A 137-year-old church in Saint John, N.B., was going to be turned into a climbing gym called Climb 1884. In 2021, David and Mary-Gwen Alston bought the Church of St. John the Baptist and were hoping to convert it, keeping as much of the stained-glass windows and Gothic trim as they could.
Over the past few months, they’ve renovated parts of the structure and said they’ve saved it, but ultimately can’t build a gym in it due to the age of the building. It would’ve become one of the unique climbing gyms in Canada, with old architecture and an ornate interior.
“Most ropes climbing gyms are built in steel constructed warehouses with concrete floors and for good reason,” said the team at Climb 1884. “The most cost effective way to build climbing walls is directly on concrete pads while using the steel beams in the walls and ceiling to support the walls. Our location unfortunately has none of these attributes and thus we had come up with designs to overcompensate for this. Using a complex set of engineering approaches the plan had us essentially building a complex concrete and steel building structure inside the church.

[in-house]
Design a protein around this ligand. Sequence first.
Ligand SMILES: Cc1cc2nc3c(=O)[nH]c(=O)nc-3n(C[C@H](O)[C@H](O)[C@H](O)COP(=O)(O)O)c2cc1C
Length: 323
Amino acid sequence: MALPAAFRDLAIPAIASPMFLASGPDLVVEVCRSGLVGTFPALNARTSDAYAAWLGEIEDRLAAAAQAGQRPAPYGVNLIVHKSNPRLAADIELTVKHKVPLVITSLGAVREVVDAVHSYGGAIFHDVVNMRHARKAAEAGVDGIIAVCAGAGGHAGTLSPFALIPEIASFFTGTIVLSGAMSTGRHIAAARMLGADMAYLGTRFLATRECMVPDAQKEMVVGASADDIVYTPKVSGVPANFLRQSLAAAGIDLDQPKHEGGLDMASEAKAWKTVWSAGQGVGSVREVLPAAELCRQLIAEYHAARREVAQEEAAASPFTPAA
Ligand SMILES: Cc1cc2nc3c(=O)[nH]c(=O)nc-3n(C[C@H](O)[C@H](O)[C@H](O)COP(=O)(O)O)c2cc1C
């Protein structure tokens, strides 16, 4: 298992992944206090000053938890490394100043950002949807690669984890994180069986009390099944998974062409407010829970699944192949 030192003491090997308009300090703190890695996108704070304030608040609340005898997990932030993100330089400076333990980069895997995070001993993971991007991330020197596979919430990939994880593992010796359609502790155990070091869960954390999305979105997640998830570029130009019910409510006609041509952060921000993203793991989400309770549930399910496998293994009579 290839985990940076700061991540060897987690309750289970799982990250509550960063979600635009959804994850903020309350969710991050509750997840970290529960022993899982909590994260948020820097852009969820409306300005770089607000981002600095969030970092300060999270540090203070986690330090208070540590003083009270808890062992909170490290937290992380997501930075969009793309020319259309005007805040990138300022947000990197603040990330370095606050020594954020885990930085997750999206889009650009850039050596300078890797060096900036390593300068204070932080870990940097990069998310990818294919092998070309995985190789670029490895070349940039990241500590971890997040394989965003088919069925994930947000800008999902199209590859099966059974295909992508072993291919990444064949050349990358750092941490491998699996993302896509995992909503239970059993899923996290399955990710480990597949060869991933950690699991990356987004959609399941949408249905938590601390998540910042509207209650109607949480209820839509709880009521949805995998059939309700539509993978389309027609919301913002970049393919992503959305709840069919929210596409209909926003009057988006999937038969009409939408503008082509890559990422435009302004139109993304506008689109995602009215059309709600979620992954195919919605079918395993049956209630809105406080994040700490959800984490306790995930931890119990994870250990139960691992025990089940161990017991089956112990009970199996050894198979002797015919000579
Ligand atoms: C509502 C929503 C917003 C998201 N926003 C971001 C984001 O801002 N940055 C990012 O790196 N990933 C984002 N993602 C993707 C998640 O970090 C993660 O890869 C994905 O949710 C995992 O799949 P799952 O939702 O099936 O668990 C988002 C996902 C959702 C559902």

“Unfortunately this essentially offset any of the cost advantages, and then some, of utilizing the church structure in the first place. No matter how many variations we looked it the constant requirement for all this extra complexity, and the costs associated with it, made the business case for this location not work.”
The owners will be putting the building back up for sale in June and said they’re proud of the role they played in saving it. “This 138 year old structure is now moving forward with a new roof, repointed and rebuilt brickwork, new windows to replace damaged ones in the basement and vestry and a new heating system,” they said.
The Alstons said that if the right building becomes available that they might consider buying it to build a different new gym.